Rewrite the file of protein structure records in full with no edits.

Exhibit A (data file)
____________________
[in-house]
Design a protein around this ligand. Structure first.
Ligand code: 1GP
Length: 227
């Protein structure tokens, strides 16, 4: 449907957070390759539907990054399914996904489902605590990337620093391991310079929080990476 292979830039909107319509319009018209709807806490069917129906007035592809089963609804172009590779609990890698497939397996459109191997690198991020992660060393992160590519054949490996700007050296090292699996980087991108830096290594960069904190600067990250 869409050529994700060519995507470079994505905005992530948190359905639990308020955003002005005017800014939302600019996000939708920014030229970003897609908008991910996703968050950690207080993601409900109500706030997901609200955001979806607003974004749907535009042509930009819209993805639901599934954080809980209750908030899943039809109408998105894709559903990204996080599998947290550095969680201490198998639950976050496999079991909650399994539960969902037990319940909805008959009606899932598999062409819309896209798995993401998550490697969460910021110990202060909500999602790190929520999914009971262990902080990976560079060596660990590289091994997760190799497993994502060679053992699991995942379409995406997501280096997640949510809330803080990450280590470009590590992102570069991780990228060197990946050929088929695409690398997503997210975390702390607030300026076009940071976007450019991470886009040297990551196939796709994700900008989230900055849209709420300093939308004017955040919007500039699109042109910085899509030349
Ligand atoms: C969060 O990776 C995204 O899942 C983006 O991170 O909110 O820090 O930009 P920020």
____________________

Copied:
[in-house]
Design a protein around this ligand. Structure first.
Ligand code: 1GP
Length: 227
């Protein structure tokens, strides 16, 4: 449907957070390759539907990054399914996904489902605590990337620093391991310079929080990476 292979830039909107319509319009018209709807806490069917129906007035592809089963609804172009590779609990890698497939397996459109191997690198991020992660060393992160590519054949490996700007050296090292699996980087991108830096290594960069904190600067990250 869409050529994700060519995507470079994505905005992530948190359905639990308020955003002005005017800014939302600019996000939708920014030229970003897609908008991910996703968050950690207080993601409900109500706030997901609200955001979806607003974004749907535009042509930009819209993805639901599934954080809980209750908030899943039809109408998105894709559903990204996080599998947290550095969680201490198998639950976050496999079991909650399994539960969902037990319940909805008959009606899932598999062409819309896209798995993401998550490697969460910021110990202060909500999602790190929520999914009971262990902080990976560079060596660990590289091994997760190799497993994502060679053992699991995942379409995406997501280096997640949510809330803080990450280590470009590590992102570069991780990228060197990946050929088929695409690398997503997210975390702390607030300026076009940071976007450019991470886009040297990551196939796709994700900008989230900055849209709420300093939308004017955040919007500039699109042109910085899509030349
Ligand atoms: C969060 O990776 C995204 O899942 C983006 O991170 O909110 O820090 O930009 P920020």